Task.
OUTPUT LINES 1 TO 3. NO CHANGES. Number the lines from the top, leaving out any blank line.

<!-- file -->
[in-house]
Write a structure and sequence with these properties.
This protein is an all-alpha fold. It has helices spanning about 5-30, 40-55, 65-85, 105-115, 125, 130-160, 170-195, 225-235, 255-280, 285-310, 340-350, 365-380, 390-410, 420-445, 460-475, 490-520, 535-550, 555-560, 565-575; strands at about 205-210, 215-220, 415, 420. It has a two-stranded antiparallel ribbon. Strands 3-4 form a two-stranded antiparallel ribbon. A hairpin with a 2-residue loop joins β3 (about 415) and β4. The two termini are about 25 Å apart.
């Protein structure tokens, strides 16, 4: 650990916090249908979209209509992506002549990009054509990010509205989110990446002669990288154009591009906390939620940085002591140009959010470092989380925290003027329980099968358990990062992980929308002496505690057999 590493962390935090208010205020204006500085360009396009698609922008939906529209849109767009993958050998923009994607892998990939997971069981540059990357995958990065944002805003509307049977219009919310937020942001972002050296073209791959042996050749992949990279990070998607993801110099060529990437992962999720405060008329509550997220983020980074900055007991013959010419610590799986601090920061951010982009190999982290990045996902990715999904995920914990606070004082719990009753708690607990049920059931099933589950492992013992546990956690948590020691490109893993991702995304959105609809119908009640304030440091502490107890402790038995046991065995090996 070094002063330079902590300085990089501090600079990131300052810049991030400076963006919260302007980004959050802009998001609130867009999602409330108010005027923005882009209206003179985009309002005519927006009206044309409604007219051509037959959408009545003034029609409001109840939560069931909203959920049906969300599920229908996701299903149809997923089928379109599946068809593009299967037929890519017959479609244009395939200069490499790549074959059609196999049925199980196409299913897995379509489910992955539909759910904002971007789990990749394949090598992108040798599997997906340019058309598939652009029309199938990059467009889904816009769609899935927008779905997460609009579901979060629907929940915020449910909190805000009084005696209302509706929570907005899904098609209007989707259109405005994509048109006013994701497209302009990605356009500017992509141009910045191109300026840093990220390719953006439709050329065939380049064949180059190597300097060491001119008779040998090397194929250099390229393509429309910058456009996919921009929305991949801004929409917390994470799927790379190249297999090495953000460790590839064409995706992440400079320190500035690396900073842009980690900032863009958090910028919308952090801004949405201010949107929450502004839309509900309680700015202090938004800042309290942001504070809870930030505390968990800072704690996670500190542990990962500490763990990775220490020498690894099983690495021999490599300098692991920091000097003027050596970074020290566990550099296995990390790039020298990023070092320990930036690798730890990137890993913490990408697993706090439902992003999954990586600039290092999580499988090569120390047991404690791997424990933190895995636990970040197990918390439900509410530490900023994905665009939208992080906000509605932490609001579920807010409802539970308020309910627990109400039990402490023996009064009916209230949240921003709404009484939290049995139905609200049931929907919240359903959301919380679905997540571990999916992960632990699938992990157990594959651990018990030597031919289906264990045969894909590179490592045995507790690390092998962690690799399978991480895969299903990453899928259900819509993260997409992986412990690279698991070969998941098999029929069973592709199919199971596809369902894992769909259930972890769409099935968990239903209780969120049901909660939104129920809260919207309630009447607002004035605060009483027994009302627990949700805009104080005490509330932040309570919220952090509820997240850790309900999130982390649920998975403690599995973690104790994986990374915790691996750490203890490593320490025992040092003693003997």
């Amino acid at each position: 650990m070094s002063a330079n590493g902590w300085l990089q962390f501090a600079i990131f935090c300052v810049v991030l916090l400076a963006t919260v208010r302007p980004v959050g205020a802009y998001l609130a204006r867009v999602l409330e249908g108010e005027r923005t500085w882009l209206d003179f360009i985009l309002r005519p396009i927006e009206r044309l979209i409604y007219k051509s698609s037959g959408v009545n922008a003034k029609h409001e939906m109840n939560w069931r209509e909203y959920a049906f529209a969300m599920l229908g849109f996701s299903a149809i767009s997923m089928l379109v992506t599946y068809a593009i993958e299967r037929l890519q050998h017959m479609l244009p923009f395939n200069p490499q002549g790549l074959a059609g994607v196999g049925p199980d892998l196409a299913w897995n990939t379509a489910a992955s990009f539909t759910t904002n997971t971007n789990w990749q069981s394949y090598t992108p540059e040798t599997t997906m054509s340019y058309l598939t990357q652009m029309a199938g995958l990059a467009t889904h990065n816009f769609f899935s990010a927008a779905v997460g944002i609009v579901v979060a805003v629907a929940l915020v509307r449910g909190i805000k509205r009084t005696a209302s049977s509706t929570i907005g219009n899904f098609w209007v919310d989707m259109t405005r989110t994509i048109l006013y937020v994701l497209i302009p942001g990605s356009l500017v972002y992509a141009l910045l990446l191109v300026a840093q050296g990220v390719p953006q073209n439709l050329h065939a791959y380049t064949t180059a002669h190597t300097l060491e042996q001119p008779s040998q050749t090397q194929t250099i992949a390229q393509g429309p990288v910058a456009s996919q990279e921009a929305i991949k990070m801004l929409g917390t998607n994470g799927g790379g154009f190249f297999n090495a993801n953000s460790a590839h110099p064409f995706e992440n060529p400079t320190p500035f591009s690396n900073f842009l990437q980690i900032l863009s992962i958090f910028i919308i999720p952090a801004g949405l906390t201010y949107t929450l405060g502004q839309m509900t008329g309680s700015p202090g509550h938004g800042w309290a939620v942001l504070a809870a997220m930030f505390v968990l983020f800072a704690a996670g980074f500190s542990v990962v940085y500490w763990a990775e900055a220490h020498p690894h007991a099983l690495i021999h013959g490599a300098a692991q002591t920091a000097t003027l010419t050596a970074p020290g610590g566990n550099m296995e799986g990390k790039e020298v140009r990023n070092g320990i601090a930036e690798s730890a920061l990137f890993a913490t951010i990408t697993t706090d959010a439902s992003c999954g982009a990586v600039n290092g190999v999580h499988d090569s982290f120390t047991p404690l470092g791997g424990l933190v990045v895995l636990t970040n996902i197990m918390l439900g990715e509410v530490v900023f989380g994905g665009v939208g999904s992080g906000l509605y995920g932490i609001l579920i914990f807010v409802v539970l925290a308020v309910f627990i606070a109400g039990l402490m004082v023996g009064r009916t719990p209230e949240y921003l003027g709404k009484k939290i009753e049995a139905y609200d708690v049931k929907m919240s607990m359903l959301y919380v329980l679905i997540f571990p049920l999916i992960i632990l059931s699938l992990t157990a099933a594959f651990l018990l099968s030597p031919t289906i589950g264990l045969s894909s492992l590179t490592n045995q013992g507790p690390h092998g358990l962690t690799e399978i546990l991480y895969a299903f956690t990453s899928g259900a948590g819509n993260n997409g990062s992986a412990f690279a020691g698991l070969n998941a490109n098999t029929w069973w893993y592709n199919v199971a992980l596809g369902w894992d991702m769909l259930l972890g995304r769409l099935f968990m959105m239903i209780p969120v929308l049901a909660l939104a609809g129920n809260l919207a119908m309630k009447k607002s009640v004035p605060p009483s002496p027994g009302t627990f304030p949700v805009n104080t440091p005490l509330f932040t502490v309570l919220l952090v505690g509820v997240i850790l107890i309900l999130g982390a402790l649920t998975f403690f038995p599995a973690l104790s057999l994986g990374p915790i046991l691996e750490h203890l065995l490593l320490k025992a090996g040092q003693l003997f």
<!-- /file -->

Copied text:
[in-house]
Write a structure and sequence with these properties.
This protein is an all-alpha fold. It has helices spanning about 5-30, 40-55, 65-85, 105-115, 125, 130-160, 170-195, 225-235, 255-280, 285-310, 340-350, 365-380, 390-410, 420-445, 460-475, 490-520, 535-550, 555-560, 565-575; strands at about 205-210, 215-220, 415, 420. It has a two-stranded antiparallel ribbon. Strands 3-4 form a two-stranded antiparallel ribbon. A hairpin with a 2-residue loop joins β3 (about 415) and β4. The two termini are about 25 Å apart.